Asylum: Seeking Shelter and Protection

“Asylum” is a term that echoes the pursuit of safety and protection. Individuals may seek asylum if they fear persecution in their home country, providing a legal avenue for refuge in the United States. Navigating the asylum process involves proving a credible fear of persecution, often requiring legal assistance to present a compelling case.

Deportation: Facing the Possibility of Departure

On the flip side, “deportation” is a term none wish to encounter. It refers to the process of being sent out of the country due to legal violations. Navigating the complexities of immigration rules can help avoid this outcome. Seeking legal counsel and understanding the grounds for deportation, such as criminal convictions or visa violations, is crucial for safeguarding one’s status.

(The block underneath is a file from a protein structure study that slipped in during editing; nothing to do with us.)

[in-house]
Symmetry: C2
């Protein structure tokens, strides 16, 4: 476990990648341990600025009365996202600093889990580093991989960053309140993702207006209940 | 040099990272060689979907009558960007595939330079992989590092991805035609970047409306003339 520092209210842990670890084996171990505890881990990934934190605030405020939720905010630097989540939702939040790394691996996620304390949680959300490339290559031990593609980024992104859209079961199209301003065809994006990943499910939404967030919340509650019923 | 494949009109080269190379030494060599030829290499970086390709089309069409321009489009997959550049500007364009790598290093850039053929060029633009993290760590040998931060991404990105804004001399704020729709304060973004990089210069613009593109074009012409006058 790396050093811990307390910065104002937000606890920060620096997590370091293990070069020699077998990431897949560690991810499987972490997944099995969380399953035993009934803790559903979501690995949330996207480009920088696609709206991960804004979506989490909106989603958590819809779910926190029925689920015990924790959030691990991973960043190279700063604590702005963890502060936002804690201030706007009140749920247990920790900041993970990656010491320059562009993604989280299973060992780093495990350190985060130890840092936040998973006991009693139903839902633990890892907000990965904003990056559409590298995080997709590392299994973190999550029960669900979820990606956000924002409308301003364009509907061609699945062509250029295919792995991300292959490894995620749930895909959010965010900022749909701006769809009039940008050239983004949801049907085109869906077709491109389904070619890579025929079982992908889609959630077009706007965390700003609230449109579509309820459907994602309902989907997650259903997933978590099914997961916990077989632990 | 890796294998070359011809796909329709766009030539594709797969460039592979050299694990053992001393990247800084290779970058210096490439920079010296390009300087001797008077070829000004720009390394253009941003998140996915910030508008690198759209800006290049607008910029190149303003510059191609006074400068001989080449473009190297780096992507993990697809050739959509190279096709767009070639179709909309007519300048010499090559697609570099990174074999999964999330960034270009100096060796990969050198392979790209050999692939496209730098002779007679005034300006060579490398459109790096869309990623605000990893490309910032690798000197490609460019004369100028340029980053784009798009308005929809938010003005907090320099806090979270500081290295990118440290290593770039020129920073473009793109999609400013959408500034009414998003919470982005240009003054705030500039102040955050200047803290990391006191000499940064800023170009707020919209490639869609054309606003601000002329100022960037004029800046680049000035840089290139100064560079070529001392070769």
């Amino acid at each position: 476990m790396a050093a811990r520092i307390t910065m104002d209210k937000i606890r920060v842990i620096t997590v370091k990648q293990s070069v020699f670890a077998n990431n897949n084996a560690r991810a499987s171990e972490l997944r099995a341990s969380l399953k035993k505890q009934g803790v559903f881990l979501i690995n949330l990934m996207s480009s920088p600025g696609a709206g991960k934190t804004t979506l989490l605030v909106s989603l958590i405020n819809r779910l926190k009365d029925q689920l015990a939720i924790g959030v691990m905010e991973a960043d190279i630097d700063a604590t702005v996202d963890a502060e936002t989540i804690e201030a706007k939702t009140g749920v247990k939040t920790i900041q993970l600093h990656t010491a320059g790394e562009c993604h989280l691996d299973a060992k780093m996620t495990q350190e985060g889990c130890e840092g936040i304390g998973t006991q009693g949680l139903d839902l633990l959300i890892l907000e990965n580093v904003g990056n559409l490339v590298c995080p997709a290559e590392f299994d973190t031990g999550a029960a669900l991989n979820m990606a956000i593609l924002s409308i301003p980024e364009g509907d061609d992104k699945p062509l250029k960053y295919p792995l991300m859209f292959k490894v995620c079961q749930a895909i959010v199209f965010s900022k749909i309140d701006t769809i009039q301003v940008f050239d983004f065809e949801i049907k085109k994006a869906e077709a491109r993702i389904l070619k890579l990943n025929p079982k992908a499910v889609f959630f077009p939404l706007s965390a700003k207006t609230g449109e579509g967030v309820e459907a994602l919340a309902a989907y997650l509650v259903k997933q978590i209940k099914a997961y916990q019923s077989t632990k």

Visa: Permission to Enter

A “visa” is like a golden ticket granting permission to enter the U.S. It comes in various types, each serving a unique purpose, from work visas to family-sponsored visas. Understanding the nuances of visa categories is vital for choosing the right path. Work visas allow individuals to contribute to the U.S. economy, while family-sponsored visas reunite loved ones.

Understanding these terms is akin to having a trusty guide through the intricate landscape of immigration regulations. It not only empowers individuals to know their rights but also facilitates smoother communication with immigration officials.

What is an H-1B visa?

Unlocking the H-1B Visa: Discover the essential details of this U.S. work visa for foreign graduates in specialized fields.

H-1B visas are temporary worker visas used by U.S. companies to employ foreign college graduates, or higher, who have degrees in a specialized field, also referred to as a specialty occupation. The employer’s position must require specialized knowledge gained from a bachelor’s degree or higher in a specific specialty, or its equivalent, to qualify. There are very specific requirements to be eligible for an H-1B visa, and government frequently questions whether a position meets them, and we work with our clients to submit fully complete applications.